Other services that the program sponsors for children are play therapy, counseling, and early intervention. The parents receive referrals to counseling, co-parent coaching, substance abuse treatment and assessments or drug testing, mental health assessments, and therapeutic court hearings. All participants in the STEP program attend the six-week co-parenting class for high conflict parents, which teach them to communicate and put their children’s needs first.
STEP upholds the premise that by offering intensive therapeutic services, the families are better able to put the needs of their children first, namely that conflicted parents would:
√ Learn effective skills of communication
√ Avoid behaviors which increase tension and conflict
√ Develop child centered behaviors
√ Create parenting plans that limit children’s exposure to conflict and unsafe environments and ultimately, develop the ability to successfully co-parent
√ Parents will demonstrate effective skills of communication, therefore learning how to cooperatively co-parent.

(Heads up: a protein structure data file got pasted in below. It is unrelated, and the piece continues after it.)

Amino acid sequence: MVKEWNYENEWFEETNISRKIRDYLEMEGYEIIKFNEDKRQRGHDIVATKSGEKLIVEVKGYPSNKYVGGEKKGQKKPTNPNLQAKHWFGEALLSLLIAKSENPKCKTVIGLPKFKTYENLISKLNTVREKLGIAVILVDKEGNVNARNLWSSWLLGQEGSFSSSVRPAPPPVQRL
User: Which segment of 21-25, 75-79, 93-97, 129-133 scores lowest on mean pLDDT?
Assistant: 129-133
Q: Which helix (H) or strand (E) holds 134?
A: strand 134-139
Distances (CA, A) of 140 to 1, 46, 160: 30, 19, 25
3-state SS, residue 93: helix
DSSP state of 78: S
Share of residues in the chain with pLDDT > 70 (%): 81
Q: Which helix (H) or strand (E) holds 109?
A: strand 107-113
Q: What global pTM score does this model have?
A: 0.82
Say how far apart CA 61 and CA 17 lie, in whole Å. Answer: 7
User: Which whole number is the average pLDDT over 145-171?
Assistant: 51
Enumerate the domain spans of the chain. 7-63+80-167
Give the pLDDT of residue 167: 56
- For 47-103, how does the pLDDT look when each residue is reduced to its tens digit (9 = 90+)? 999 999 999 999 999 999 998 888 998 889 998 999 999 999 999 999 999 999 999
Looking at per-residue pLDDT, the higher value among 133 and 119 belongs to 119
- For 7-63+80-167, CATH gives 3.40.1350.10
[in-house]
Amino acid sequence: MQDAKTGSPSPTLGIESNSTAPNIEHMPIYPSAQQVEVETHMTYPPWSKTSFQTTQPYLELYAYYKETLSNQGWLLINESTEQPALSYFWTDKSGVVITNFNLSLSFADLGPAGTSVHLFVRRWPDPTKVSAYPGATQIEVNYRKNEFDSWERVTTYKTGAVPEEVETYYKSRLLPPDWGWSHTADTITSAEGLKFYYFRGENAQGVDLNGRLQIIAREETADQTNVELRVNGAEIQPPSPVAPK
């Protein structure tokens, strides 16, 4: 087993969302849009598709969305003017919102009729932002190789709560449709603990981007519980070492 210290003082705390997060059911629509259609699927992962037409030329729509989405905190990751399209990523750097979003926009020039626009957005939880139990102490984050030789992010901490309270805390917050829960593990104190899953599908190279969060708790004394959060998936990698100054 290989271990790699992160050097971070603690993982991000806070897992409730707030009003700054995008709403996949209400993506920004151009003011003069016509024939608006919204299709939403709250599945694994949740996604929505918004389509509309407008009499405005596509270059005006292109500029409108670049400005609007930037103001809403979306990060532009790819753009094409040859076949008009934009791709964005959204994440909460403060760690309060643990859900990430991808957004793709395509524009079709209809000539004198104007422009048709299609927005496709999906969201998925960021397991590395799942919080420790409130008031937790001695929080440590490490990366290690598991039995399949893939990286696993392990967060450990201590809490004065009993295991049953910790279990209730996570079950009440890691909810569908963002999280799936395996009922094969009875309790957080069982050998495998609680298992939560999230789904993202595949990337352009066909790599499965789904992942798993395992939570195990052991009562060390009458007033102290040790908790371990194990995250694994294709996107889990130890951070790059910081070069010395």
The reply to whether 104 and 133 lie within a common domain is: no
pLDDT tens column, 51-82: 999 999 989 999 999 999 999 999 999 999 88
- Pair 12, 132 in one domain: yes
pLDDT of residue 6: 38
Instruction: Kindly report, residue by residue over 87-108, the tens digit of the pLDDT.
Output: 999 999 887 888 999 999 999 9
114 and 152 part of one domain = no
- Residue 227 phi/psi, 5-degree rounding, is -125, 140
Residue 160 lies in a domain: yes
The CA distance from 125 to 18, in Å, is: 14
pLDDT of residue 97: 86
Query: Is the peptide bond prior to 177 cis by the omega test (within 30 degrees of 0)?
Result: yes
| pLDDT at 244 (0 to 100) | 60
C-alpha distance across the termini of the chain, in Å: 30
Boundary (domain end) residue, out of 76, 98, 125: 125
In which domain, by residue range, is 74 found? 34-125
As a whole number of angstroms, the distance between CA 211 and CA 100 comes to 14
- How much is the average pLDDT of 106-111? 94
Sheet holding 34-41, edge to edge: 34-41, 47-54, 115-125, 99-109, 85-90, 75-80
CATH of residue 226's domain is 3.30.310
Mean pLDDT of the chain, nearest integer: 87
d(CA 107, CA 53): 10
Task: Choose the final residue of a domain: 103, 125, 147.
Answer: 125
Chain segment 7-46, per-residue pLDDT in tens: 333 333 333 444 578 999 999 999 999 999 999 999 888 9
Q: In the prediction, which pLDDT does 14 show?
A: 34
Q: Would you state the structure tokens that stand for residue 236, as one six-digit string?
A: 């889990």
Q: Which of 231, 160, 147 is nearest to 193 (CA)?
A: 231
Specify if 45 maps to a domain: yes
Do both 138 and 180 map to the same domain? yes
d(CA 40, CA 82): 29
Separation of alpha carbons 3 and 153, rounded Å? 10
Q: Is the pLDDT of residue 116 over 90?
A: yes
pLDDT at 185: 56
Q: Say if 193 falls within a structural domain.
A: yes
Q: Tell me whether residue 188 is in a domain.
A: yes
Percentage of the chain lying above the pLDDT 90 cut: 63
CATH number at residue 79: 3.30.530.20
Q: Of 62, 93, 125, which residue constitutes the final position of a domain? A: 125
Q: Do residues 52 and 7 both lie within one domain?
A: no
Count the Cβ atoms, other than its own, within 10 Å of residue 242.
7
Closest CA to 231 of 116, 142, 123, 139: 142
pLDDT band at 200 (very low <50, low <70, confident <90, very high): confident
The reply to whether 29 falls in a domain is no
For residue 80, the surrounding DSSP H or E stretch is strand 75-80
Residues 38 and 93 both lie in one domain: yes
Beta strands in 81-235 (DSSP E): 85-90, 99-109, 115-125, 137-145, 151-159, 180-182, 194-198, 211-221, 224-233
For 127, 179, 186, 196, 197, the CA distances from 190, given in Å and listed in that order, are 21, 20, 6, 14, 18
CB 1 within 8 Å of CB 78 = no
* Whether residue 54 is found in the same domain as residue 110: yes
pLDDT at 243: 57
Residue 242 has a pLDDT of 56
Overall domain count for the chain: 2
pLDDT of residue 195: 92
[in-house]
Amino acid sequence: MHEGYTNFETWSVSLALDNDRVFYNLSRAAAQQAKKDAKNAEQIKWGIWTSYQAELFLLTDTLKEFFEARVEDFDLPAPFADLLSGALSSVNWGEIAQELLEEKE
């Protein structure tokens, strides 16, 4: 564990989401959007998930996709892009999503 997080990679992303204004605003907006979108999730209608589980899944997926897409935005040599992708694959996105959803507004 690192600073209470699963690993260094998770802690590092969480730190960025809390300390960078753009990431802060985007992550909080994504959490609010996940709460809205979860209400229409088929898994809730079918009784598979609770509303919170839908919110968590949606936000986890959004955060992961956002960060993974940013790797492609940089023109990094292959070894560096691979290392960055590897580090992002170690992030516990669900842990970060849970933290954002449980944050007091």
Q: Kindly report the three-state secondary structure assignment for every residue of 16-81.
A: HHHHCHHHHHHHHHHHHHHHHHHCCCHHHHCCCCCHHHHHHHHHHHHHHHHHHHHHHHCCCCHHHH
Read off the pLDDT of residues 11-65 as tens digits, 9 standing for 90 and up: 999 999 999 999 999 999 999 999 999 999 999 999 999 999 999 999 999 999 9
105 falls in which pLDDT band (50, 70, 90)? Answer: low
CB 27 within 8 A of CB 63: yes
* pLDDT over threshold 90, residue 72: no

√ Parents will develop child-centered behaviors, which promote a nurturing environment for their children’s healthy development.
√ Parents will demonstrate a sustained ability to resolve parental conflict independent of the court and utilize community resources as needed.
Categories of services include:
√ Counseling, parent coaching, and parenting plan facilitation
√ Intensive case management, monitoring compliance with orders in the case plans, track court orders, provide quick access to the court, ensure referrals, accountability and court reviews
√ Co-parent education and collaboration with First 5 Partners such as Golden Sierra Life Skills, Peace for Families and the court’s Legal Help Center
√ Supervised visitation and exchanges to avoid dangerous behaviors from occurring in the presence of the children
√ Court ordered drug testing
The STEP program utilizes a bi-lingual (Spanish) Case Coordinator to provide the intensive case management required in high conflict families. By monitoring compliance with the orders drafted in the case plans, and providing community resources, parents are held accountable to seek and complete the court ordered services.